Proving the Business Case for the Internet of Things

Itron wins major smart-grid deal in Japan

Iain Morris
April 29, 2014
 
Itron has won a deal to provide its smart-grid software to Japan’s Mitsubishi Electric Corporation for use in a major smart-metering project with Chubu Electric Power Company, the third largest electric utility in the country.

Itron (Liberty Lake, WA, USA) said its software would provide a “critical function” in the overall service, collecting the data that companies need to help consumers save energy and to improve back-end utility processes.

Under the agreement, its OpenWay Collection Engine software is to be installed at Chubu Electric (Nagoya, Japan) to collect and relay data from field routers and some ten million smart meters and relay the information to the utility’s meter data management system.

Itron’s collection engine will also facilitate customer conservation efforts in Japan, it said.

“This unique deployment at Chubu Electric demonstrates the true flexibility and interoperability of Itron’s OpenWay platform, which can adapt to meet various utility needs and deployment configurations,” said Alan White, Itron’s vice president of sales, marketing and delivery for electricity in the Asia Pacific. “We are pleased to collaborate with the Mitsubishi Electric Corporation (Tokyo, Japan) to bring a complete smart metering solution to Japan.”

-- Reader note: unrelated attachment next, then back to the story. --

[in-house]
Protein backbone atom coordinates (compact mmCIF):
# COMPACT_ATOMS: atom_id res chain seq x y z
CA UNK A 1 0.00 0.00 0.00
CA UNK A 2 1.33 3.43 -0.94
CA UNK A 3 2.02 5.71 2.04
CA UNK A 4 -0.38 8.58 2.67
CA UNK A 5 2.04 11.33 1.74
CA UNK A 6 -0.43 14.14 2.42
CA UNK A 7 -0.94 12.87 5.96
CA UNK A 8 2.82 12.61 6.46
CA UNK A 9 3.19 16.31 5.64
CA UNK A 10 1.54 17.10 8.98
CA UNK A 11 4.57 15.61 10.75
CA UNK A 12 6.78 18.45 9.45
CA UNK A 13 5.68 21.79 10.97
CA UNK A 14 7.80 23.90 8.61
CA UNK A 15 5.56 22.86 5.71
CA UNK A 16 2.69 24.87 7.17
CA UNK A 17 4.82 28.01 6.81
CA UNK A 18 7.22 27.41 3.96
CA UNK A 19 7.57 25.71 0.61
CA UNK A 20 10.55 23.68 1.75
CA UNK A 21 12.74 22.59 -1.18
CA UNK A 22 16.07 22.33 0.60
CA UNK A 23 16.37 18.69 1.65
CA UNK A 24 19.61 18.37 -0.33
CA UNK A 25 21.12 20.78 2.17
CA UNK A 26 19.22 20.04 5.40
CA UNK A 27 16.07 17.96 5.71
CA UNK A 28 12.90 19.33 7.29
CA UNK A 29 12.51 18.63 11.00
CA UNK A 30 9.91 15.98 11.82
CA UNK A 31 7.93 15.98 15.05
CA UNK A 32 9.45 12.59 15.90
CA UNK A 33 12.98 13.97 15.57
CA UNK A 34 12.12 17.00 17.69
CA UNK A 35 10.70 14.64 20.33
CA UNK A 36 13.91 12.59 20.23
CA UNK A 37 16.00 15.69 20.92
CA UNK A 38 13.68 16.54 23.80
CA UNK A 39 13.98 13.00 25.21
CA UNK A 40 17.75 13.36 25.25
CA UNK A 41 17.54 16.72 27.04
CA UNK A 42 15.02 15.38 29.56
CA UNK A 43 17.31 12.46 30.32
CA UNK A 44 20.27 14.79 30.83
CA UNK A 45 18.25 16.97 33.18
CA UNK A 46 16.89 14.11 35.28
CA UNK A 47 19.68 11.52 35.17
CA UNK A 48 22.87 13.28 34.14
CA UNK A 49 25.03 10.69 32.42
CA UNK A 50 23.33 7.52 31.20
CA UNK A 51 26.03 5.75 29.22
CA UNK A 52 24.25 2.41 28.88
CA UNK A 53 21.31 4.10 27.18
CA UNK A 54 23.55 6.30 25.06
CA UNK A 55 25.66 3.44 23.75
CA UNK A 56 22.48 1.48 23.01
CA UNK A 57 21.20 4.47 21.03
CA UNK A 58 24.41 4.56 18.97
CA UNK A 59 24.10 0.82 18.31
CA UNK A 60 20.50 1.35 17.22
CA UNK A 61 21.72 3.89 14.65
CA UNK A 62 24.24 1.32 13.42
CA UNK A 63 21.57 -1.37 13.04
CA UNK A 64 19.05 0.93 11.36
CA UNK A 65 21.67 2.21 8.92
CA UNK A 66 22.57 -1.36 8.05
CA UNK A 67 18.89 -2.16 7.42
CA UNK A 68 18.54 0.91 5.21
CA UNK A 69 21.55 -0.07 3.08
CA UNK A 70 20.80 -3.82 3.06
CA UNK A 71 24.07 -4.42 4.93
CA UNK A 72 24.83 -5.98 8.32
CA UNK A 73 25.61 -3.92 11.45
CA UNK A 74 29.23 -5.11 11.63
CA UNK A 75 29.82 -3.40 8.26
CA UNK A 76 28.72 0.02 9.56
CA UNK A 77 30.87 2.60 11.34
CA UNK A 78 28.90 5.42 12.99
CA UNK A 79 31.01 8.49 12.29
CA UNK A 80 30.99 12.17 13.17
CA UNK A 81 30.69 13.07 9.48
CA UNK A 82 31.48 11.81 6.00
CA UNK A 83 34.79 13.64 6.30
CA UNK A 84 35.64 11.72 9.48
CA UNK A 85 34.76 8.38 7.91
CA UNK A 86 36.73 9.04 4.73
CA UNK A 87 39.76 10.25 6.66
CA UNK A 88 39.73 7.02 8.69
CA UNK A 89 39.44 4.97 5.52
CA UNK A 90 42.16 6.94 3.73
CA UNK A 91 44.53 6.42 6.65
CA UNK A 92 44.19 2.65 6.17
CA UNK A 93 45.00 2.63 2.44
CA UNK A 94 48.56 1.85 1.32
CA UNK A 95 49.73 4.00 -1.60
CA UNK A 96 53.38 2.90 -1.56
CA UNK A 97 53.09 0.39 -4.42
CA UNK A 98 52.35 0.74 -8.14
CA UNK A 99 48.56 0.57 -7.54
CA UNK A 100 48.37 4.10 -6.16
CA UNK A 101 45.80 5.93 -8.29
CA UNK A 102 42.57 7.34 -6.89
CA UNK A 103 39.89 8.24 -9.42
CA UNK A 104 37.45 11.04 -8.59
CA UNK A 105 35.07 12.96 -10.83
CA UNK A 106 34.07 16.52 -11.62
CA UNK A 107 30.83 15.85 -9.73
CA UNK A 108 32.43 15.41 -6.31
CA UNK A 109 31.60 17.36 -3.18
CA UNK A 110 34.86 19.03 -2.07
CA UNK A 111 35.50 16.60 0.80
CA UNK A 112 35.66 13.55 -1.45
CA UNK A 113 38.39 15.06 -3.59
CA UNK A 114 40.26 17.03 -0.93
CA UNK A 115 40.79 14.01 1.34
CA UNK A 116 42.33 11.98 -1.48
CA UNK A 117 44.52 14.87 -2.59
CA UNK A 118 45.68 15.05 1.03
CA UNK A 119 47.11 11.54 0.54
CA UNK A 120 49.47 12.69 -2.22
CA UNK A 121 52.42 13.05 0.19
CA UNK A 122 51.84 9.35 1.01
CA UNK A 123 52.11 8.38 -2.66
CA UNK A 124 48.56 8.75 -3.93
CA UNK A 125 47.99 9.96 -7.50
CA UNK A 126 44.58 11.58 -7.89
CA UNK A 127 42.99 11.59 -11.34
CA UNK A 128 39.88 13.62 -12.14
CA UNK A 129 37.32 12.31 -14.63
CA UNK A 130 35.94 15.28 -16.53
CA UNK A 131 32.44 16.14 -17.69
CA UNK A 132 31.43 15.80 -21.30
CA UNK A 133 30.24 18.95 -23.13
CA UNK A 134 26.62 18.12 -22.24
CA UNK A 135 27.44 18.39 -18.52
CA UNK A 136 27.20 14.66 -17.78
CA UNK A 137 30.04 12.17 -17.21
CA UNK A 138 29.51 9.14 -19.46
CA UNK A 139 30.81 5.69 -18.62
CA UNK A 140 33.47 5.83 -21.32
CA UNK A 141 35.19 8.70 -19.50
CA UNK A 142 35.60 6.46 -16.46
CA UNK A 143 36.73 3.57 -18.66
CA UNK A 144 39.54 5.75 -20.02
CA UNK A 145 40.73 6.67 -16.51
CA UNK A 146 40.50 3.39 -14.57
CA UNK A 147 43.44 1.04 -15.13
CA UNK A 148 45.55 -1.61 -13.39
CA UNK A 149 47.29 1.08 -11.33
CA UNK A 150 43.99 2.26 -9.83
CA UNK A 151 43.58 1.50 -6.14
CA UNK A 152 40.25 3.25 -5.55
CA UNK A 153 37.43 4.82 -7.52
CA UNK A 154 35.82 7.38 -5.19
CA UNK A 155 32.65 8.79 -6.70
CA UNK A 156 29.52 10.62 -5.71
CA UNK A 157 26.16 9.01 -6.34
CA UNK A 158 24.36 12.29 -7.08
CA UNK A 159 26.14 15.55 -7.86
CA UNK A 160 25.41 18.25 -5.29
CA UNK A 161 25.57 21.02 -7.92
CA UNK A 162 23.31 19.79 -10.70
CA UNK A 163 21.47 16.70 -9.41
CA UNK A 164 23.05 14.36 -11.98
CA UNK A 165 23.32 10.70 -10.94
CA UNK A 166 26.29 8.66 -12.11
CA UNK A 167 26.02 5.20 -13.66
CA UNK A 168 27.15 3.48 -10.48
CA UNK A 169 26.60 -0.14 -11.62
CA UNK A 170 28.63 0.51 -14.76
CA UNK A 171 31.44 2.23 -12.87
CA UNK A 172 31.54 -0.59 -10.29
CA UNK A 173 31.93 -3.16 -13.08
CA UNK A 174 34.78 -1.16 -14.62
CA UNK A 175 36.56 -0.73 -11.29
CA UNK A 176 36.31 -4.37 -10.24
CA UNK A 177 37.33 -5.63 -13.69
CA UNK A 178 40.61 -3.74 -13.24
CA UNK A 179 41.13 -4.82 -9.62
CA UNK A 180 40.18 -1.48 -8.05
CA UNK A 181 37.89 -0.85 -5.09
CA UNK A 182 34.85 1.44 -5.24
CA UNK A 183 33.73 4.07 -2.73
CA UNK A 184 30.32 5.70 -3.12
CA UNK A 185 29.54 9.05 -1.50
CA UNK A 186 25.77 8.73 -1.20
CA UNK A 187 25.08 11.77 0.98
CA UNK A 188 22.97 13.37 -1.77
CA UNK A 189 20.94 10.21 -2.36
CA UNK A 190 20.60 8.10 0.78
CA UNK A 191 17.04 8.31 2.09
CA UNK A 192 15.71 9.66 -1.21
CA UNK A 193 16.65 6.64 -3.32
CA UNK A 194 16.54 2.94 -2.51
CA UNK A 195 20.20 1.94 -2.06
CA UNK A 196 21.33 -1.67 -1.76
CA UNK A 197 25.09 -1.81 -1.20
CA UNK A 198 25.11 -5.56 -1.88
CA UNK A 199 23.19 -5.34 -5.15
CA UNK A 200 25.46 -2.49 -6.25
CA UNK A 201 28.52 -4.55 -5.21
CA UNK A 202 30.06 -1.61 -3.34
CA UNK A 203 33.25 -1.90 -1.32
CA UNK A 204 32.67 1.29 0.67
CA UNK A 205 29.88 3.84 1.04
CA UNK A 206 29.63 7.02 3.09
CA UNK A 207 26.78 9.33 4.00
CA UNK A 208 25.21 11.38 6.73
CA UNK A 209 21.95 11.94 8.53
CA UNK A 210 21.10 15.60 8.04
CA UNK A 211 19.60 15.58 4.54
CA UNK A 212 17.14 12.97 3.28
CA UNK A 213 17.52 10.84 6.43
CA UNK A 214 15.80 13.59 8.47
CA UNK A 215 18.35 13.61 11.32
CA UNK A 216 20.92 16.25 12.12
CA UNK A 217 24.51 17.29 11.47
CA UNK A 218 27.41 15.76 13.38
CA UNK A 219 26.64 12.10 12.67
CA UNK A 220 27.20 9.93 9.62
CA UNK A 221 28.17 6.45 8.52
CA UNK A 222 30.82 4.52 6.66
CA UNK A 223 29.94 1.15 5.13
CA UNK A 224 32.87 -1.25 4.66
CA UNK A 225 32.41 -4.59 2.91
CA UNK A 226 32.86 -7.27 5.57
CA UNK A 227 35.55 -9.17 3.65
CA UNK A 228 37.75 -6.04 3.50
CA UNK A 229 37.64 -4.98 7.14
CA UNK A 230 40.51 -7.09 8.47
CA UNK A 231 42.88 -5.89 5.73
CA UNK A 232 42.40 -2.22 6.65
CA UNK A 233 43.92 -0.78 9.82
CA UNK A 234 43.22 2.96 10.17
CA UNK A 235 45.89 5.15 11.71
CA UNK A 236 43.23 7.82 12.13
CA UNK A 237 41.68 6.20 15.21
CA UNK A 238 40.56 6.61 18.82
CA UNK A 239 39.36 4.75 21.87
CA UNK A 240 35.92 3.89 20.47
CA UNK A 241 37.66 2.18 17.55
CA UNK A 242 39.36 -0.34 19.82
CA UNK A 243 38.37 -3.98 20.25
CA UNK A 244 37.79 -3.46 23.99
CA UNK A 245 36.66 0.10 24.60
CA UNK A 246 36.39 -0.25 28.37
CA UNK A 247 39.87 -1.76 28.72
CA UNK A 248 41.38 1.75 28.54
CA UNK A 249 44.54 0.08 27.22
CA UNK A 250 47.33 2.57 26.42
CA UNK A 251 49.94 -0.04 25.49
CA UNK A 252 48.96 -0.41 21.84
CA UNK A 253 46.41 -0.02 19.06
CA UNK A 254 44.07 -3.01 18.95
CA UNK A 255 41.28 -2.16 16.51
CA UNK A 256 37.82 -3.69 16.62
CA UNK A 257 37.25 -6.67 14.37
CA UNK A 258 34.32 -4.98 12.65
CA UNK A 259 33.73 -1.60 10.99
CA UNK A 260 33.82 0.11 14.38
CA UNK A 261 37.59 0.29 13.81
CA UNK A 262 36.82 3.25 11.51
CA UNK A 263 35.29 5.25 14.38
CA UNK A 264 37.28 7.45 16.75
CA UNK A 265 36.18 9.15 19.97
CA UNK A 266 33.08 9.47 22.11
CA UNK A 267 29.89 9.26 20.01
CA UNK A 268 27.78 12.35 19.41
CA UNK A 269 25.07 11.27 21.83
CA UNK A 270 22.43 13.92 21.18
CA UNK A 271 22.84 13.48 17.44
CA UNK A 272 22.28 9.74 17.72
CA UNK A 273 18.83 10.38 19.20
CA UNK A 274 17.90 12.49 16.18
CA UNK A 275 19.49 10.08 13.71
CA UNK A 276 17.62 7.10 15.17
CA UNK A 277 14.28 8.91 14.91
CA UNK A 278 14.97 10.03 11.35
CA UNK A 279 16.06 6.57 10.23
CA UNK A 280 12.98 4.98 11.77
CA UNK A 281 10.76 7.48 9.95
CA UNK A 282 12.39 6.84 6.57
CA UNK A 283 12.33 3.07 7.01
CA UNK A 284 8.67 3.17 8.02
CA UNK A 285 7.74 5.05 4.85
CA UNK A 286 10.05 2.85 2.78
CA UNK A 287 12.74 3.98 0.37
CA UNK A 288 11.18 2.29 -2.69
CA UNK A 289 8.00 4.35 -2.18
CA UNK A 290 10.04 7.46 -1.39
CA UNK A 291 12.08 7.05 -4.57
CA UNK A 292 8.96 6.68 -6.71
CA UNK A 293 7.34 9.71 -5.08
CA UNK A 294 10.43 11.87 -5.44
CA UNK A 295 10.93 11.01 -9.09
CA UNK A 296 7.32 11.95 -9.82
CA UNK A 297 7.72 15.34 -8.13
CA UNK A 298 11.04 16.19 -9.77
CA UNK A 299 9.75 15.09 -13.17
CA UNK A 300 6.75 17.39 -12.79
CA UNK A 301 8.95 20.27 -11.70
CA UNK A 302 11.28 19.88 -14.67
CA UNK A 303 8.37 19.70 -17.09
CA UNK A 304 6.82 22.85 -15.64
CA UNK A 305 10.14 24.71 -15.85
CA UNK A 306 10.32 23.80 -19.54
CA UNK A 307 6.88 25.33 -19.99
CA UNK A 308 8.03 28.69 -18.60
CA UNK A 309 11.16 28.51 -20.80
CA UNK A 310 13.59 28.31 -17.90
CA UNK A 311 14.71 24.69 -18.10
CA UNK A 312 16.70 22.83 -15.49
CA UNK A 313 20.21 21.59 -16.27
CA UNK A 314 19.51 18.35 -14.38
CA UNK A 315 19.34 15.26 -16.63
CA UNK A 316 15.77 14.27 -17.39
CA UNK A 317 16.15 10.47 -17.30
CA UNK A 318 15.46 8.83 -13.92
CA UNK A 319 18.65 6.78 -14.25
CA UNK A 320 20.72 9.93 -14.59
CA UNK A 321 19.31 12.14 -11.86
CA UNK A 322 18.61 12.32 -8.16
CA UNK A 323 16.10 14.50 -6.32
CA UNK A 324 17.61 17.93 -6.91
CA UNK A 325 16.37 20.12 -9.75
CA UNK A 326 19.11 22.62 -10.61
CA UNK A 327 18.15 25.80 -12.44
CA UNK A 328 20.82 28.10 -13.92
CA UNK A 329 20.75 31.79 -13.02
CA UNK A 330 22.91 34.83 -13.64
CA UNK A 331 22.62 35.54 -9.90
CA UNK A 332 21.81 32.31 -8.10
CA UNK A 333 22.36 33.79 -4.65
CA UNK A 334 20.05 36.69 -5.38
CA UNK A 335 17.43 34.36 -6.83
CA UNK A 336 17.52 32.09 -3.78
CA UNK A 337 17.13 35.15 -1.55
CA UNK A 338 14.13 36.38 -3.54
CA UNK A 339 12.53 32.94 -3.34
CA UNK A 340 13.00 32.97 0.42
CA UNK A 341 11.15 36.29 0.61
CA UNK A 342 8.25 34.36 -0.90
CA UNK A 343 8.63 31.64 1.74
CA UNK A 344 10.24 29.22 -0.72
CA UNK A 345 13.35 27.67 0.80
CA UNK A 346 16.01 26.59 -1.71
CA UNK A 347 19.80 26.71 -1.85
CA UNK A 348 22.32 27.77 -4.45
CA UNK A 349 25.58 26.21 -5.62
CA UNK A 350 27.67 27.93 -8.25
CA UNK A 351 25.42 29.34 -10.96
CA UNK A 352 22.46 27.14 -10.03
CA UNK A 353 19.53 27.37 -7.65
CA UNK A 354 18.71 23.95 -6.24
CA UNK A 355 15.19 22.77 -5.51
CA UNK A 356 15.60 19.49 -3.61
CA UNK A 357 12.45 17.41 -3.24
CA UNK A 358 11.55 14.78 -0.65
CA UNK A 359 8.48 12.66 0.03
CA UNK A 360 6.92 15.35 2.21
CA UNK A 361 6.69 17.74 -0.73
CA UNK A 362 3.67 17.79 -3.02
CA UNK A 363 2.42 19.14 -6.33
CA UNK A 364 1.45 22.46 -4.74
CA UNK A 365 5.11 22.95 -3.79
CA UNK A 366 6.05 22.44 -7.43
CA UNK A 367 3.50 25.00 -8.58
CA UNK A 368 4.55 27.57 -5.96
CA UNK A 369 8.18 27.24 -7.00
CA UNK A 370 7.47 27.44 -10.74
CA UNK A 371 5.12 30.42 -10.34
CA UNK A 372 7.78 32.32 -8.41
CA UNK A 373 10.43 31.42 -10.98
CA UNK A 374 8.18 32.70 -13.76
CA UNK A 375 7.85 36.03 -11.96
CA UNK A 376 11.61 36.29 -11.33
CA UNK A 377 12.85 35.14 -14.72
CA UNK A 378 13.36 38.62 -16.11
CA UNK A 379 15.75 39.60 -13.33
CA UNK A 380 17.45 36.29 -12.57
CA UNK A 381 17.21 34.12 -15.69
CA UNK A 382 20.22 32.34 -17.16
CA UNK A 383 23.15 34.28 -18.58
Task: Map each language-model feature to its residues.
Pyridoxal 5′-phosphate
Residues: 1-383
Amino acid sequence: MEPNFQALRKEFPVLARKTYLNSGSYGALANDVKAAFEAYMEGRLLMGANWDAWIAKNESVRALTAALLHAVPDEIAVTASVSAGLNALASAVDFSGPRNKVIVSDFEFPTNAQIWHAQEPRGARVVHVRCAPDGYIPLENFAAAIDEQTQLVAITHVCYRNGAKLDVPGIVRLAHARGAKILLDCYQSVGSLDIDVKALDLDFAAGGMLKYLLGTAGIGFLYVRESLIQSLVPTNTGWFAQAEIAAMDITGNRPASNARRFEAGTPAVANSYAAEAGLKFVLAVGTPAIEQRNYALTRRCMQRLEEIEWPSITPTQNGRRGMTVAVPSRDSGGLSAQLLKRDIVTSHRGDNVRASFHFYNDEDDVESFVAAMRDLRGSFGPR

Mitsubishi said it was attracted to the solution because Itron’s systems have already proven themselves to be scalable and mature.
News of the deal came soon after Itron had reported 6% growth in revenues for the first quarter of the year, to $475 million, with revenues in its electricity segment up 5%.

“Growth in revenues, bookings and backlog drove strong operating performance in the quarter compared with last year,” said Philip Mezey, Itron's president and chief executive. “Electricity revenues and backlog grew year-over-year as customers pursue increased value from grid modernization programs.”

“We are making progress on our top priority of improving the performance of the electricity segment as a key step to enhancing the overall company profitability,” he added.

Despite the sales growth, Itron reported a net loss – in GAAP terms – of $254,000, compared with a net profit of $2.6 million in the same period last year.

The company blamed the setback on a combination of higher net interest, the devaluation of currencies in some markets and an increased tax rate.

Itron has also recently announced that Steven Helmbrecht, its chief financial officer, is to leave the company at the end of the year and that it had begun looking for a replacement.
 
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